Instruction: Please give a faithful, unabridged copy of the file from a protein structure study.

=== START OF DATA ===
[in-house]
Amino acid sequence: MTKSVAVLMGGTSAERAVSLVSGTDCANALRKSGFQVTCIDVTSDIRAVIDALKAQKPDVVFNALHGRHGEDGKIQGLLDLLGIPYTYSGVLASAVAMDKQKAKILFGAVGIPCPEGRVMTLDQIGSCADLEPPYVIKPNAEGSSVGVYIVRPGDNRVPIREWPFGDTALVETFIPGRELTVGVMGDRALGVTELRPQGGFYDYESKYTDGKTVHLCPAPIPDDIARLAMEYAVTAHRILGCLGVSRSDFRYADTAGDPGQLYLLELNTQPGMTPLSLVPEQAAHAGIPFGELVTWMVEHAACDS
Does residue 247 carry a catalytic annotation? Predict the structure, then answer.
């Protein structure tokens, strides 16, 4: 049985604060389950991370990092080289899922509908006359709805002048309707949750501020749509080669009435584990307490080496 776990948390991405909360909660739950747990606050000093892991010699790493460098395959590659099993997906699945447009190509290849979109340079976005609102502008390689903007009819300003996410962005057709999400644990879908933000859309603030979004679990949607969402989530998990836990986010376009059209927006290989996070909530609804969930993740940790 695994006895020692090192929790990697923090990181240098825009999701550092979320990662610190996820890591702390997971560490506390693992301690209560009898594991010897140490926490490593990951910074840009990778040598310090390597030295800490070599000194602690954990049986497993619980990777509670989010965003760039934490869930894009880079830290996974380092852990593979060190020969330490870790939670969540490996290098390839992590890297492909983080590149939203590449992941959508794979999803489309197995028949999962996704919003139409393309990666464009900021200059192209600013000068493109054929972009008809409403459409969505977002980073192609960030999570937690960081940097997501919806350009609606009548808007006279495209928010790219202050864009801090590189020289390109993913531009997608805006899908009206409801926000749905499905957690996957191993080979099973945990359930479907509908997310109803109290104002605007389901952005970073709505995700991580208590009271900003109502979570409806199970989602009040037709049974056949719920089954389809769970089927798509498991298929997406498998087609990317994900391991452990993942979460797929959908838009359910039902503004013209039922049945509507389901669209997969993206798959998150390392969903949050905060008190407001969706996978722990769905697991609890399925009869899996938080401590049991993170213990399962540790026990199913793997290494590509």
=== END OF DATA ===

[in-house]
Amino acid sequence: MTKSVAVLMGGTSAERAVSLVSGTDCANALRKSGFQVTCIDVTSDIRAVIDALKAQKPDVVFNALHGRHGEDGKIQGLLDLLGIPYTYSGVLASAVAMDKQKAKILFGAVGIPCPEGRVMTLDQIGSCADLEPPYVIKPNAEGSSVGVYIVRPGDNRVPIREWPFGDTALVETFIPGRELTVGVMGDRALGVTELRPQGGFYDYESKYTDGKTVHLCPAPIPDDIARLAMEYAVTAHRILGCLGVSRSDFRYADTAGDPGQLYLLELNTQPGMTPLSLVPEQAAHAGIPFGELVTWMVEHAACDS
Does residue 247 carry a catalytic annotation? Predict the structure, then answer.
């Protein structure tokens, strides 16, 4: 049985604060389950991370990092080289899922509908006359709805002048309707949750501020749509080669009435584990307490080496 776990948390991405909360909660739950747990606050000093892991010699790493460098395959590659099993997906699945447009190509290849979109340079976005609102502008390689903007009819300003996410962005057709999400644990879908933000859309603030979004679990949607969402989530998990836990986010376009059209927006290989996070909530609804969930993740940790 695994006895020692090192929790990697923090990181240098825009999701550092979320990662610190996820890591702390997971560490506390693992301690209560009898594991010897140490926490490593990951910074840009990778040598310090390597030295800490070599000194602690954990049986497993619980990777509670989010965003760039934490869930894009880079830290996974380092852990593979060190020969330490870790939670969540490996290098390839992590890297492909983080590149939203590449992941959508794979999803489309197995028949999962996704919003139409393309990666464009900021200059192209600013000068493109054929972009008809409403459409969505977002980073192609960030999570937690960081940097997501919806350009609606009548808007006279495209928010790219202050864009801090590189020289390109993913531009997608805006899908009206409801926000749905499905957690996957191993080979099973945990359930479907509908997310109803109290104002605007389901952005970073709505995700991580208590009271900003109502979570409806199970989602009040037709049974056949719920089954389809769970089927798509498991298929997406498998087609990317994900391991452990993942979460797929959908838009359910039902503004013209039922049945509507389901669209997969993206798959998150390392969903949050905060008190407001969706996978722990769905697991609890399925009869899996938080401590049991993170213990399962540790026990199913793997290494590509």